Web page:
Here ends another World Breastfeeding Week for me. I cannot believe I’m still breastfeeding. I really thought last year was going to be the very last time I celebrated World Breastfeeding Week as a nursing mother.
But I guess that’s the nature of breastfeeding – it doesn’t always go as planned.
In celebration of Breastfeeding Awareness month we would like to share our clip with a group of mums proving that…
In this clip for Medela I said that one of the biggest challenges for myself breastfeeding was people’s attitudes towards breastfeeding – and it’s still something that leaves me scratching my head sometimes. I don’t really understand the need for so much negativity around breastfeeding.
I love the message that breastfeeding is different for everyone, it’s a different experience. People have different challenges with it, different ideas about breastfeeding – and they have different babies! No two babies will feed the same, or need the same.
I so often see online mums saying things like – “I breastfed my babies in public I always used a cover, why can’t other mothers do the same!” They go on to imply that because someone doesn’t feed exactly the same way they did they must be doing it for some ulterior motive (to flash their breasts or some such nonsense)
As though it’s impossible to imagine that someone else’s baby might feed differently to theirs.
And I’ve also seen mothers say that breastfeeding is the most beautiful bonding experience and they cannot understand why anyone wouldn’t want to do it. Again, is it so incomprehensible that someone might have a different experience with breastfeeding?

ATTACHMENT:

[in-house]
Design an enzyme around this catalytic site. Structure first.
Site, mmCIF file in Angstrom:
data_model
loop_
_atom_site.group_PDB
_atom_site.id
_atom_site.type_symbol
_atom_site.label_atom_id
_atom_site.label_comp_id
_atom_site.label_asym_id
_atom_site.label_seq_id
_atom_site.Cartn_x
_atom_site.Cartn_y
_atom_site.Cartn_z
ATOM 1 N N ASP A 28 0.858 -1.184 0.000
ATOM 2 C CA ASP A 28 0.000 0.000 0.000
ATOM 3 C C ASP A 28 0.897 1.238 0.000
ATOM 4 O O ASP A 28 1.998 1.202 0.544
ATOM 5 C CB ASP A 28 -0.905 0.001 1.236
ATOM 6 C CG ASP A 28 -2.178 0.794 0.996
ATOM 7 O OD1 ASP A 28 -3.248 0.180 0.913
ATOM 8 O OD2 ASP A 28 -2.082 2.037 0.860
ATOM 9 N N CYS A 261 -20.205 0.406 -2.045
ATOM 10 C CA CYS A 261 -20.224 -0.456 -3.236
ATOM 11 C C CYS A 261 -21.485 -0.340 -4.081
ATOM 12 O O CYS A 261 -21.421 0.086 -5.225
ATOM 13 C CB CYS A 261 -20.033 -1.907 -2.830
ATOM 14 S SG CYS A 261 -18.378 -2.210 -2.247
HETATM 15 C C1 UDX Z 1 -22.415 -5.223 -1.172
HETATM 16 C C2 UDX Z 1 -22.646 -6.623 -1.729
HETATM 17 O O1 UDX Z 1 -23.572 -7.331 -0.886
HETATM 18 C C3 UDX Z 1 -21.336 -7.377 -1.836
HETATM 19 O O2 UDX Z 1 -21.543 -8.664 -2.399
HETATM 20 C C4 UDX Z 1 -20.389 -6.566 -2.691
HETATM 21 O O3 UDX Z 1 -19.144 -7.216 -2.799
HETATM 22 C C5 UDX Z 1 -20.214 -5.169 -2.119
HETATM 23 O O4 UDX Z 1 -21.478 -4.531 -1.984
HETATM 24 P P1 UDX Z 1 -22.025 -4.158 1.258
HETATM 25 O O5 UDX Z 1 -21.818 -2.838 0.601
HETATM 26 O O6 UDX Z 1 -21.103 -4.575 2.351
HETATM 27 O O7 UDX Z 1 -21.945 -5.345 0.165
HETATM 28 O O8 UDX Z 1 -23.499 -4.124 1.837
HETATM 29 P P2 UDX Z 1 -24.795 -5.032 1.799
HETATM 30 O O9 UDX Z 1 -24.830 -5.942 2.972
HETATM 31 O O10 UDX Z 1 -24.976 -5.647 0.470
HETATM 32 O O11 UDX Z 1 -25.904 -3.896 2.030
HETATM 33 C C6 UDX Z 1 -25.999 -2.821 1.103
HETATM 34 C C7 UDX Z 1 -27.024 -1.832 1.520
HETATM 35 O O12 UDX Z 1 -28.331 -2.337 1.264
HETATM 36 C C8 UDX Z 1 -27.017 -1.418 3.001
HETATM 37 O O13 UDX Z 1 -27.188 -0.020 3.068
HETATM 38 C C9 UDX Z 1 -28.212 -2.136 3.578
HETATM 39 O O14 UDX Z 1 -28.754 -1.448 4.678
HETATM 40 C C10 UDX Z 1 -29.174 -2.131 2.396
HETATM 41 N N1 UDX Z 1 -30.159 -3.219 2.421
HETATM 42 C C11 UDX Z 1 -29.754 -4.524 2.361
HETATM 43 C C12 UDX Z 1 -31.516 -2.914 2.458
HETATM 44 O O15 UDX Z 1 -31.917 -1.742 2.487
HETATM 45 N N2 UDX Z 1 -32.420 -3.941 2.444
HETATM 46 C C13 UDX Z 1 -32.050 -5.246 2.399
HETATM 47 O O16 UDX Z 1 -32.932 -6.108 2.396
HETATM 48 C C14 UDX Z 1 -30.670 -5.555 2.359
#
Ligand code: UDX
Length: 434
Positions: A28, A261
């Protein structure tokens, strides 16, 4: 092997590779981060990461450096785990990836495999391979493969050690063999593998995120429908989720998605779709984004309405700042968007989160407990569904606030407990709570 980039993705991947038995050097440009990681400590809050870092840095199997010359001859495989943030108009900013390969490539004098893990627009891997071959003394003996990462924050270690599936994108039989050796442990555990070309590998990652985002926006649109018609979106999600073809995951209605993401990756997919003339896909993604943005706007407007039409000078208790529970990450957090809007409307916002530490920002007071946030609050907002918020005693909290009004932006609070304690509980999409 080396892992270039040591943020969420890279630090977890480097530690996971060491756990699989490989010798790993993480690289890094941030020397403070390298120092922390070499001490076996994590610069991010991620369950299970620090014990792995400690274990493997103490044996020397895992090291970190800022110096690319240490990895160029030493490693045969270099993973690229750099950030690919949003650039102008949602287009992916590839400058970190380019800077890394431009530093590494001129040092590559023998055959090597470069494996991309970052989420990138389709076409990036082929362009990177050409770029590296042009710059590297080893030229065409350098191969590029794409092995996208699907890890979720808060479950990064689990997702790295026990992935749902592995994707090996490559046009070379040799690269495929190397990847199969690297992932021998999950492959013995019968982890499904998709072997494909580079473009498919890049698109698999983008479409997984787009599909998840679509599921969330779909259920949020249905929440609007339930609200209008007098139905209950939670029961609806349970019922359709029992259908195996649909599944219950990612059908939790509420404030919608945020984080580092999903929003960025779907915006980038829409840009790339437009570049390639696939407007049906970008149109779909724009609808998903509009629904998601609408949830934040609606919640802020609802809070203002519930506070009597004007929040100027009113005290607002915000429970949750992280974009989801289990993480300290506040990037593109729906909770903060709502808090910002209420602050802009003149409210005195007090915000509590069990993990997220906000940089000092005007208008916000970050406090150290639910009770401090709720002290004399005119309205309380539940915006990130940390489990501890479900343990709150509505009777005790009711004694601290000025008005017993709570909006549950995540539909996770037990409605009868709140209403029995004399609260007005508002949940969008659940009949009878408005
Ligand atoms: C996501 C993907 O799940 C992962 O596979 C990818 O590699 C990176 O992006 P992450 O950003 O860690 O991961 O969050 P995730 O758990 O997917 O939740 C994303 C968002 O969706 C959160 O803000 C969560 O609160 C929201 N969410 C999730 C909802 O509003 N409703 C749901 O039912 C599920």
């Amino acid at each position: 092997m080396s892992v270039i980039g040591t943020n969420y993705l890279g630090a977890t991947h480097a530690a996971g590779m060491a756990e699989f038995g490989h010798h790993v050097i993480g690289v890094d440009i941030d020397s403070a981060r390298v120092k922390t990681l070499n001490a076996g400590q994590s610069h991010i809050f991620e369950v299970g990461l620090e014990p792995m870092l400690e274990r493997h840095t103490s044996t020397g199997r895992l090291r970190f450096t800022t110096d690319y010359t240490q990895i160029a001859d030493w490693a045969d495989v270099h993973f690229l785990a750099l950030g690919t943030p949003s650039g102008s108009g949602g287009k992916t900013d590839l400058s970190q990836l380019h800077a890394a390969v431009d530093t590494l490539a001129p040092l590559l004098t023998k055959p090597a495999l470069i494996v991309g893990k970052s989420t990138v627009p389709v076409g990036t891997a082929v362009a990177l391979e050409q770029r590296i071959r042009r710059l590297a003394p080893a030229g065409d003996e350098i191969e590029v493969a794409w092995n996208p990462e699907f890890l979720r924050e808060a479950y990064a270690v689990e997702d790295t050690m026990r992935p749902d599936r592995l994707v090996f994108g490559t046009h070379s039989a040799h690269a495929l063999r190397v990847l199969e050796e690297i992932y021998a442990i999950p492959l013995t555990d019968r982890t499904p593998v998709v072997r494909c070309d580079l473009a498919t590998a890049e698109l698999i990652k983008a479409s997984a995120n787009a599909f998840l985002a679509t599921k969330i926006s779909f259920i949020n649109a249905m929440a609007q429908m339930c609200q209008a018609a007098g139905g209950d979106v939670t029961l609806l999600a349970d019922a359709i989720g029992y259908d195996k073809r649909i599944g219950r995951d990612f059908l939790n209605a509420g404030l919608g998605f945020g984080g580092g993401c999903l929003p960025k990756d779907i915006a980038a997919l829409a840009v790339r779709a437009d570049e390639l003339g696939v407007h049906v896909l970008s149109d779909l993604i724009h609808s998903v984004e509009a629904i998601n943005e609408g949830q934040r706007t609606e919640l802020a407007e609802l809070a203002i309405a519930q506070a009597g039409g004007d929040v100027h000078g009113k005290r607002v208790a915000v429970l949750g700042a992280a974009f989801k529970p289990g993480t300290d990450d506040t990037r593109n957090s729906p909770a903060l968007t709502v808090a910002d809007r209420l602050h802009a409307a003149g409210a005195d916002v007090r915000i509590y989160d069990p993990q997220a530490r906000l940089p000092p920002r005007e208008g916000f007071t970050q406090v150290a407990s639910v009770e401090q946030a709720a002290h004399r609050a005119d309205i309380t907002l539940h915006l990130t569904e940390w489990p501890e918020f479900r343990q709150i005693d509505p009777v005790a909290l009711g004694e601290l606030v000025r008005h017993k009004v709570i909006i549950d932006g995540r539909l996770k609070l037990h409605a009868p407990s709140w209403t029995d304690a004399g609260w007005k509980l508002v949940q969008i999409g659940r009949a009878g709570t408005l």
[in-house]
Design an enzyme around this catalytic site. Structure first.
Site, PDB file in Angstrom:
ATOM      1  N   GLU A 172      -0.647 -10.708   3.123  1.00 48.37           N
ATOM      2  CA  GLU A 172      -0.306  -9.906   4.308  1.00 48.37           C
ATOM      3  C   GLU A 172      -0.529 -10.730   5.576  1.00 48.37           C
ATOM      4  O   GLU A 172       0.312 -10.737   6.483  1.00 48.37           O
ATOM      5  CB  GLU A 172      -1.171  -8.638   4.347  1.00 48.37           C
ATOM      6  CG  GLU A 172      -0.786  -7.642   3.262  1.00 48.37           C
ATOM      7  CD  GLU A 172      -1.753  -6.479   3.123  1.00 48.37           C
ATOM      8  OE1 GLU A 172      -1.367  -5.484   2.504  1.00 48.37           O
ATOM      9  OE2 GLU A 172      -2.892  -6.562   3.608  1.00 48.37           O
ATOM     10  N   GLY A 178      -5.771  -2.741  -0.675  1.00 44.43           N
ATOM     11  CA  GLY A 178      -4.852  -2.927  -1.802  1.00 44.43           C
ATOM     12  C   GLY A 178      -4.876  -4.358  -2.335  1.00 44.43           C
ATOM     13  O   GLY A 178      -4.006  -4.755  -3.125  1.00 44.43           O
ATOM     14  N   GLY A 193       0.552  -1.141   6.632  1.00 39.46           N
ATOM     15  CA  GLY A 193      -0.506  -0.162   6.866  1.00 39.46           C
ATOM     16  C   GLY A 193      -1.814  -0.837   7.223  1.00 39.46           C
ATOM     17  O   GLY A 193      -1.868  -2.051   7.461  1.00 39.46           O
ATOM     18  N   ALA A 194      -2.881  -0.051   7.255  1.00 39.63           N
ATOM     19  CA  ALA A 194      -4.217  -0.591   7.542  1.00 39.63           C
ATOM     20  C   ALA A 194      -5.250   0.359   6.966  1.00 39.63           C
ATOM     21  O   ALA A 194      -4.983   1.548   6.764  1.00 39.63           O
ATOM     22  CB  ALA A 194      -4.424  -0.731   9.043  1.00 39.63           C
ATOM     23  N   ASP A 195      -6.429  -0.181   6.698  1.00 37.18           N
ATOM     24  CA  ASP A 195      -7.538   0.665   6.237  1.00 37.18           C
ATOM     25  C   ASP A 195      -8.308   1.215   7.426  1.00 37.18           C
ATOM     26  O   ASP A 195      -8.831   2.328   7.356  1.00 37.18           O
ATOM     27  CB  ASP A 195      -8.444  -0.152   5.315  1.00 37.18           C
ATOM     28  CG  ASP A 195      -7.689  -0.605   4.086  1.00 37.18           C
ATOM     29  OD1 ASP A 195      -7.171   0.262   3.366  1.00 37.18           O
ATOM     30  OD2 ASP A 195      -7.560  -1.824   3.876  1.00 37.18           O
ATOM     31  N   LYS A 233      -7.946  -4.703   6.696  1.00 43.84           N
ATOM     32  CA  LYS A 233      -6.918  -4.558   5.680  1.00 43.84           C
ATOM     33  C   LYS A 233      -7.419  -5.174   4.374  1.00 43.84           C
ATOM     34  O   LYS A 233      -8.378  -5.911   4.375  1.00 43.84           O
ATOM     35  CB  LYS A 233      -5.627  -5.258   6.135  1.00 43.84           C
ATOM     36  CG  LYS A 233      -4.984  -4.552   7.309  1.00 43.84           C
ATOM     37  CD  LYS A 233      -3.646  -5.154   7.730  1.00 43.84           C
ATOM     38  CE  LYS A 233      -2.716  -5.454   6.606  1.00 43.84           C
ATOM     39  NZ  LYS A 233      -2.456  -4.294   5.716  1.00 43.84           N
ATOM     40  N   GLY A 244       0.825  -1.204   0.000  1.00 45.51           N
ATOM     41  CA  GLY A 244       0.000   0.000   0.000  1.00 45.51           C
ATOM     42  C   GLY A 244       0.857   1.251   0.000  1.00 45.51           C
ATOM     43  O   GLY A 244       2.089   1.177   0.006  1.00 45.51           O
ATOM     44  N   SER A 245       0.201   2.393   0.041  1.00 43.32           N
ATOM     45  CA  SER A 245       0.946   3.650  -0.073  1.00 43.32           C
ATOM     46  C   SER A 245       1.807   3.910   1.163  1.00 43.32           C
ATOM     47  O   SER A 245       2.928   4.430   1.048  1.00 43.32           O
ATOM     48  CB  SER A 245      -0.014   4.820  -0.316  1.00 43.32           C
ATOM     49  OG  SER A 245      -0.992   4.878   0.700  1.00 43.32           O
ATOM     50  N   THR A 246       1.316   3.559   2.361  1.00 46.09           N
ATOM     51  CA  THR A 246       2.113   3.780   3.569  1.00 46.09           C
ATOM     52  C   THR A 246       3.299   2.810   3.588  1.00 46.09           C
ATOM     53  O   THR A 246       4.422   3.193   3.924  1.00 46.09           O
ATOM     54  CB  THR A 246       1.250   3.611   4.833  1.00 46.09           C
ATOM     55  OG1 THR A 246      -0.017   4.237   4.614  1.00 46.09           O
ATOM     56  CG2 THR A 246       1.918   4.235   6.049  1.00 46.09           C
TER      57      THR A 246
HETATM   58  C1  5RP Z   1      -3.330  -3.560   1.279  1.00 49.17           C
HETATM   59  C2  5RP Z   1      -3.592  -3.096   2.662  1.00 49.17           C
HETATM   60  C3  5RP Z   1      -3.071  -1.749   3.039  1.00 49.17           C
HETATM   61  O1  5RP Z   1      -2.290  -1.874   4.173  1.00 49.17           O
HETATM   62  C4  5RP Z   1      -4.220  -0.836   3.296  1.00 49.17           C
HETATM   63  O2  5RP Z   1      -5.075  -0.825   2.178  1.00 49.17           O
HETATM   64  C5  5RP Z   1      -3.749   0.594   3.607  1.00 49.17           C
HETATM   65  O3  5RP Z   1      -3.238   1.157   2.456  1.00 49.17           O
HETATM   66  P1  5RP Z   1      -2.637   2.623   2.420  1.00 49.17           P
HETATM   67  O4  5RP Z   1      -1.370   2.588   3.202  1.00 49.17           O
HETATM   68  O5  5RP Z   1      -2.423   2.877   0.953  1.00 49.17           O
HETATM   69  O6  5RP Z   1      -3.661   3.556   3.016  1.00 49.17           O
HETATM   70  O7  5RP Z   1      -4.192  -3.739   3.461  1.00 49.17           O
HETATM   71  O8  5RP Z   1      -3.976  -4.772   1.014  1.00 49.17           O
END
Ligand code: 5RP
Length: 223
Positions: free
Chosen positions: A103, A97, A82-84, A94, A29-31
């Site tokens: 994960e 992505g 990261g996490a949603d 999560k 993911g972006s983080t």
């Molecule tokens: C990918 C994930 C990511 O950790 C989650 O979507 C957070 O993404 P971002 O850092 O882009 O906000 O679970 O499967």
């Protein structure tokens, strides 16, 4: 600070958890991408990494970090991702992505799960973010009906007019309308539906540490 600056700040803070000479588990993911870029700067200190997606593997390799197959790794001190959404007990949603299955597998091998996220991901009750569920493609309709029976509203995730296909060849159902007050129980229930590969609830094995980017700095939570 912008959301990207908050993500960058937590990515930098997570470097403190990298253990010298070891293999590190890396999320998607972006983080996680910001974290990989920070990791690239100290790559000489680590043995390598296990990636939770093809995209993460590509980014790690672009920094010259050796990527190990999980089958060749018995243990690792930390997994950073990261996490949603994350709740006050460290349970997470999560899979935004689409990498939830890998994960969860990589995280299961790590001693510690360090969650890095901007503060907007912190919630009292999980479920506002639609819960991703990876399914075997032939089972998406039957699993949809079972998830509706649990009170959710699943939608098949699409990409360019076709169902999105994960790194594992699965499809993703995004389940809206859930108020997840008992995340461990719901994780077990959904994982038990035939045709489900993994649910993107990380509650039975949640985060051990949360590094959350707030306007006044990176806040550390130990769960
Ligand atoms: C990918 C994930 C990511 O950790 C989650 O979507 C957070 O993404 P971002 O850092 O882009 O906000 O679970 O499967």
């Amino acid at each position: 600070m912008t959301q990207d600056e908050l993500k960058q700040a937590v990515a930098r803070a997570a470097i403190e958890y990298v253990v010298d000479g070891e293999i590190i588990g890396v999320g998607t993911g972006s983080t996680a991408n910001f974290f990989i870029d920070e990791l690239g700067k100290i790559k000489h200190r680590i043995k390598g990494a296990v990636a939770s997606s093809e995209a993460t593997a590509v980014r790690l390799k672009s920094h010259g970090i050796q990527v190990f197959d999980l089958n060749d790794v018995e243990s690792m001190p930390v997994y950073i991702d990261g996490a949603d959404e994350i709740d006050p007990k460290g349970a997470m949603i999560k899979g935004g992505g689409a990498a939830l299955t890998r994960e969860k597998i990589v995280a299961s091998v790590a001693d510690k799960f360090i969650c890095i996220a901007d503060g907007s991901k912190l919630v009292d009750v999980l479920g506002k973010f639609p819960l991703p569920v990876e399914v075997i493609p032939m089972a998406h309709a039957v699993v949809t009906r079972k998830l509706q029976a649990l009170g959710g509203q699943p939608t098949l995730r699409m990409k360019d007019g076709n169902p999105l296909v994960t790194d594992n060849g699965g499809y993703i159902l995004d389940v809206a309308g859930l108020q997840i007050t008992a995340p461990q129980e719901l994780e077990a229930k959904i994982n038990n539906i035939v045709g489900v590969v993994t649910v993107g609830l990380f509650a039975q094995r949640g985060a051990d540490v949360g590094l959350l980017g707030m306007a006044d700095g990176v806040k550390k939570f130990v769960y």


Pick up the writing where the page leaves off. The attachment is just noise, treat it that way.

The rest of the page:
For myself when I was struggling with anxiety and not bonding with my son, breastfeeding was the only time I felt calm and centred. It was the only time I felt like he was REALLY mine; it was the only time I could completely relax because in my near constant state of panic – when I could feel him latched and feeding I just knew deep in my heart that everything was going to be okay.
But I absolutely understand that breastfeeding can have the complete opposite effect on some mothers.
So as much as it was true for me that breastfeeding helped my mental health, I know it’s not at all helpful to tell other mothers that their experience was wrong
Though I think that mothers absolutely should share their experiences. Whatever it is. Whether it was beautiful and effortless, or whether they hated it and decided to stop. To show that there is a huge range of normal when it comes to breastfeeding.
It’s also why I think sharing breastfeeding photos is important, especially when so many women (including myself) have never seen another woman breastfeeding before they have their first baby. Not all babies like to nurse in the same position, and not all latches look exactly the same. It’s important to see that there is no one correct way to feed your baby – and to get some ideas from other mums if there might be something you haven’t tried that could work for your baby too.
So whatever your breastfeeding journey has been, or whatever it is, know that your story is your own and it doesn’t matter if other people’s breastfeeding journeys were different to you.